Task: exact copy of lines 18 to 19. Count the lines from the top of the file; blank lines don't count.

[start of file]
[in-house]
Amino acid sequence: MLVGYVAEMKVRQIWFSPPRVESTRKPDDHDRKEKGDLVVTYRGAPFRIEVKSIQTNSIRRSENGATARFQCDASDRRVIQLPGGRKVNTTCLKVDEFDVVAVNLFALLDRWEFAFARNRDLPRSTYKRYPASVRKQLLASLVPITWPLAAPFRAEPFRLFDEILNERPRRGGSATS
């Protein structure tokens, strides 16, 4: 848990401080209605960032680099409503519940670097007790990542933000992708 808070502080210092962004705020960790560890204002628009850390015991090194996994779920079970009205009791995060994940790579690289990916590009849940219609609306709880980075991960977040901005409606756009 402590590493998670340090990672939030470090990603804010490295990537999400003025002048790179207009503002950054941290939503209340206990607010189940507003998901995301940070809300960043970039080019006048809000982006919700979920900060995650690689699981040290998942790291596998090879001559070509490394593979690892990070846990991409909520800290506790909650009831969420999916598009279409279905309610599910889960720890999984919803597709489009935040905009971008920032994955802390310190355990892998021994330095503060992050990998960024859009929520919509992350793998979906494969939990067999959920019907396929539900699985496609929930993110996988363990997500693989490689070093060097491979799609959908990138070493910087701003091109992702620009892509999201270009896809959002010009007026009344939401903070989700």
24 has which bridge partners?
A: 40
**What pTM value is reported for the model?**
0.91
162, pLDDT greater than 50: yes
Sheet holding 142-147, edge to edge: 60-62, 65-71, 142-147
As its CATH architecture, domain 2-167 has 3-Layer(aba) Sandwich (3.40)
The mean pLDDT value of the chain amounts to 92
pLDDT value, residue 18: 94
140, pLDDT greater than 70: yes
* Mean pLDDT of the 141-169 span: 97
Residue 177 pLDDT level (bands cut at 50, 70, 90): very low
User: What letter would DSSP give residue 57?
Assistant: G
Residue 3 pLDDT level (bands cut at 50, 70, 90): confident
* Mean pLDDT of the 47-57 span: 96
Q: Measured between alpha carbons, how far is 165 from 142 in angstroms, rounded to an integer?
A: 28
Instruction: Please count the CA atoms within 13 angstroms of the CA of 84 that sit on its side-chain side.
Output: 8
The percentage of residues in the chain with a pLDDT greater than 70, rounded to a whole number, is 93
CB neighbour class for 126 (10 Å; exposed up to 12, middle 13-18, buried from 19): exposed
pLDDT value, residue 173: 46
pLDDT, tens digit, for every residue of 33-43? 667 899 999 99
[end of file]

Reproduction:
Residue 3 pLDDT level (bands cut at 50, 70, 90): confident
* Mean pLDDT of the 47-57 span: 96